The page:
Britain pauses to mourn lawmaker’s young son

At 10 Downing Street, a rare appearance by ailing former Prime Minister Margaret Thatcher was postponed.

And at the House of Commons, even the weekly heckling session was canceled.

On Wednesday, Britain came together in mourning over the death of a 6-year-old, the son of opposition leader David Cameron who died suddenly after a lifelong struggle with cerebral palsy and a rare epileptic disorder.

Ivan Cameron was the eldest of the three children of the affable Cameron and his wife, Samantha. The death produced an outpouring of public condolence and led to a suspension of politics-as-usual out of respect for the Conservative Party head, who opinion polls show is likely to be Britain’s next prime minister.


The death resonated with the man he is trying to replace, Gordon Brown, whose daughter died of a brain hemorrhage just 10 days after her birth in 2001.

The prime minister and his wife, Sarah, also have a son suffering from cystic fibrosis.

The Cameron family tragedy prompted Brown to take the unusual step of canceling his weekly grilling session in the House of Commons, normally a rollicking half-hour of criticism and rejoinders between the prime minister and his opposite number. Instead, a somber-looking Labor leader expressed his sympathies for the Camerons to a hushed Parliament.

“I know that in an all-too-brief young life, he brought joy to all those around him, and I know also that for all the days of his life, he was surrounded by his family’s love,” Brown said. “Every child is precious and irreplaceable, and the death of a child is an unbearable sorrow that no parent should ever have to endure.”


Ivan Cameron’s illness has not been without influence on his father’s politics. The Tory leader has spoken movingly on several occasions about caring for his disabled son and how it had increased his appreciation of publicly funded Britain’s national health system. His willingness to address Ivan’s health added a softer element to a Tory agenda grounded in staples such as law and order and immigration.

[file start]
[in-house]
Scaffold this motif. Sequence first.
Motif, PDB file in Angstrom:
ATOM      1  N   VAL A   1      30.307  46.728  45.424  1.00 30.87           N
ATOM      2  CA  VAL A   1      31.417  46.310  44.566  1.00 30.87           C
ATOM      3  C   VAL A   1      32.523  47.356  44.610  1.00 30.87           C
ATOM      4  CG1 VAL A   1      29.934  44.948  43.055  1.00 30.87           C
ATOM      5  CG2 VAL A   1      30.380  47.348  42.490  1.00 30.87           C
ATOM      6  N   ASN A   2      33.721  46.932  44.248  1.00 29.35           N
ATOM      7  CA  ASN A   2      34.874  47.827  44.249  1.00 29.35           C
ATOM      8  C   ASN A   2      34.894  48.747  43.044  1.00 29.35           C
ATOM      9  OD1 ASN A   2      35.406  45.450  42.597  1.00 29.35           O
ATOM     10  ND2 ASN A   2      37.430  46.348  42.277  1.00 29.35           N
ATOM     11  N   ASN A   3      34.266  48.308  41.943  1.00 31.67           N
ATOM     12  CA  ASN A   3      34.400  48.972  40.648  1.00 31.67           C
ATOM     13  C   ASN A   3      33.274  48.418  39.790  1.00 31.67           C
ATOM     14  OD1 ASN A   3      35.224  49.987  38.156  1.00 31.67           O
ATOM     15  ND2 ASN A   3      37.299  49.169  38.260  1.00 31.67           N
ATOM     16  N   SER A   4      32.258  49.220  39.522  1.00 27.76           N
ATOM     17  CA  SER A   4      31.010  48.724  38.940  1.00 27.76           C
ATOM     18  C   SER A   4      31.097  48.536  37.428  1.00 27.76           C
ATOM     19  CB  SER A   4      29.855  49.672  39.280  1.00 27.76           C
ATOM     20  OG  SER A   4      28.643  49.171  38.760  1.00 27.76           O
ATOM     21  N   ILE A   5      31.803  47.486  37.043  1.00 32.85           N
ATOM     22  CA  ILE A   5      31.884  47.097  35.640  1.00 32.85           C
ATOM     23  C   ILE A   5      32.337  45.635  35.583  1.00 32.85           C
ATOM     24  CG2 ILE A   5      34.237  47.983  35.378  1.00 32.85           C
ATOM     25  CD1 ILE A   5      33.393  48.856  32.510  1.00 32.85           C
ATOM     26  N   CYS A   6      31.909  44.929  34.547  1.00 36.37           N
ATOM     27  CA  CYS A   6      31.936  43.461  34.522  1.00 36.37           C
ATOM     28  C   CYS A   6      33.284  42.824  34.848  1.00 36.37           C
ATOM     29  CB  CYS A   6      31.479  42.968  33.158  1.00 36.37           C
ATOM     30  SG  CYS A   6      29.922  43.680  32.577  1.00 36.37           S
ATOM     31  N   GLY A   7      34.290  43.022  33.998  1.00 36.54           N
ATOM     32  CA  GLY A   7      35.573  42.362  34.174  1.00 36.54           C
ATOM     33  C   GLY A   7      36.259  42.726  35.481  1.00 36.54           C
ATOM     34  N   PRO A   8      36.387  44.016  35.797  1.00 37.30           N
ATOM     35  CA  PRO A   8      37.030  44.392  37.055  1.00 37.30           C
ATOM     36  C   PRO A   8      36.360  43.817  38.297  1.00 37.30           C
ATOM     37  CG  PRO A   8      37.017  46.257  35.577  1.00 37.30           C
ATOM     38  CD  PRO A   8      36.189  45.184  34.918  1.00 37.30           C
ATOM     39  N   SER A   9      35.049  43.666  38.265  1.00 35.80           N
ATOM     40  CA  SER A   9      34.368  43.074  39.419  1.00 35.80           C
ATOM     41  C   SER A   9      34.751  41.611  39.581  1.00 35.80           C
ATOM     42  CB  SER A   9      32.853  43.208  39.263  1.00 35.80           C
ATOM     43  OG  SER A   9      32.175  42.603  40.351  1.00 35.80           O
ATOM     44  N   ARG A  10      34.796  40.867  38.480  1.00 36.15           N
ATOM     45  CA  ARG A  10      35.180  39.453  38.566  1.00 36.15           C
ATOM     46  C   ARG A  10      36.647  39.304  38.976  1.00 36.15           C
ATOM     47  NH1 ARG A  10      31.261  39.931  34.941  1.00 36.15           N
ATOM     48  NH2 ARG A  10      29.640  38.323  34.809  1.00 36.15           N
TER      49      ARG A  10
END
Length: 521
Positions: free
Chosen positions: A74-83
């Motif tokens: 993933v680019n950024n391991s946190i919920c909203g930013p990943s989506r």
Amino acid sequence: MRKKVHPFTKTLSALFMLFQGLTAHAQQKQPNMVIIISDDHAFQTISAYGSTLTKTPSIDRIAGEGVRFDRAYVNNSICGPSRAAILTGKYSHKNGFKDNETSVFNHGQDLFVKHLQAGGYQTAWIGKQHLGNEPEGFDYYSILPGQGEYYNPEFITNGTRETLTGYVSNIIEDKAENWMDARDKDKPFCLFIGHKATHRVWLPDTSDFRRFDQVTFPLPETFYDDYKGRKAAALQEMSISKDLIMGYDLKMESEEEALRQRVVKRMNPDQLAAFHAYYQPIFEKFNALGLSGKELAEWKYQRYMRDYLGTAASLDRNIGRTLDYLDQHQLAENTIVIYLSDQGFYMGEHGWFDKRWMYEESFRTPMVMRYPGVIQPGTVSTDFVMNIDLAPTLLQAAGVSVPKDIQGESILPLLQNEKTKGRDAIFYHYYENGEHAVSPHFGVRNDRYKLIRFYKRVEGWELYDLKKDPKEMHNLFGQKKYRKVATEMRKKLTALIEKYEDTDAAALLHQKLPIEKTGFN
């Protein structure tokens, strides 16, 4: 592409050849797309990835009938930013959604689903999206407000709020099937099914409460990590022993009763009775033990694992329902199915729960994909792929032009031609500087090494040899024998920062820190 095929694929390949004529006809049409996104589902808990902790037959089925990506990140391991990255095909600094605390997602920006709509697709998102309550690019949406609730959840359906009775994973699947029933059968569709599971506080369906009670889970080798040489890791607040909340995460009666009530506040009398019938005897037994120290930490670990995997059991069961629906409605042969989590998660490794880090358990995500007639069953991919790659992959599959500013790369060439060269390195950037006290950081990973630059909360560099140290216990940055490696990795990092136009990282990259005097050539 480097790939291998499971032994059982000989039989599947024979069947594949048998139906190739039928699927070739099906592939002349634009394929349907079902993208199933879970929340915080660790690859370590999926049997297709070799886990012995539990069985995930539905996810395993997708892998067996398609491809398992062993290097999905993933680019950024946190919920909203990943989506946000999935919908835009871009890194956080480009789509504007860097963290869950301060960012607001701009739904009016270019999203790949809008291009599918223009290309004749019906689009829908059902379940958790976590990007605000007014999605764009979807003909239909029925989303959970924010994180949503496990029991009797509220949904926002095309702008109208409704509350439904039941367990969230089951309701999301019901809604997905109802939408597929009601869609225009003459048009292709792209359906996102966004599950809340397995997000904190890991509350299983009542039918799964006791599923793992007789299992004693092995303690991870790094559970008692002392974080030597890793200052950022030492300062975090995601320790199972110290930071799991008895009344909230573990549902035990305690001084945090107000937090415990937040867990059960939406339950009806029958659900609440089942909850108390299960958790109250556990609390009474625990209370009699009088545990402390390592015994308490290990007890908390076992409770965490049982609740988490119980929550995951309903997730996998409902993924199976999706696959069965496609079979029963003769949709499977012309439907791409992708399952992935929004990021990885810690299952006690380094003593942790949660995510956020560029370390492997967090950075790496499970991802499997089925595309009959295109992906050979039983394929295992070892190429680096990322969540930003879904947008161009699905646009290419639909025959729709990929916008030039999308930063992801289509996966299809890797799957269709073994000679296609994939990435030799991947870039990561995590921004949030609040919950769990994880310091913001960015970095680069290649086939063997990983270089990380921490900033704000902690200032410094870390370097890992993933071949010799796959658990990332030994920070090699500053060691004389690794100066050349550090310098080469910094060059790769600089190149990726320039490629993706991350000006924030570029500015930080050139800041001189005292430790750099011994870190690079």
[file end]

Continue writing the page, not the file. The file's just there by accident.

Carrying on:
His theme of a “broken Britain” is partly built on a need to put family life at the heart of public policy.

In an interview with the Guardian newspaper last year, Cameron explained how Ivan’s illness had a “significant impact in terms of just bringing you into contact with a whole world -- not just the NHS but also social services, community nurses, social workers, special schools, therapists, speech and language, hydrotherapy. . . .

“You know, you become quite an expert in some of these things,” he said.


Through a spokesman, Cameron on Wednesday asked that his family be given time and space to grieve privately.

Ivan suffered from Ohtahara syndrome, a severe and rare form of epilepsy that left him unable to walk, speak, or feed himself and subject to daily seizures. In a radio interview in 2006, Cameron said that his son’s diagnosis came as a “complete shock.”

“He’s a wonderful boy, and he’s got the most lovely eyes. He definitely interacts with us,” Cameron said. “He often is in a lot of pain. . . . We’re determined to give him all we can and make sure he’s part of a happy family.”

Ivan fell ill Tuesday night and was taken to a London hospital, where he died hours later.


“Ivan’s six years of life were not easy ones,” William Hague, a senior Conservative Party leader, said in Parliament. “His parents lived with the knowledge for a long time that he could die young, but this has made their loss no less heartbreaking.”

Hague also expressed Cameron’s gratitude to the workers of Britain’s national health service, who “not only did their utmost for their son this morning but who helped him every day from the moment he was born.”

In addition to canceling the prime minister’s question time in Parliament, Brown’s office canceled a dinner at 10 Downing Street, the official residence, at which a new portrait of former Prime Minister Thatcher, herself a leader of the Conservative Party, was to be unveiled. Cameron had been expected to attend, along with Thatcher.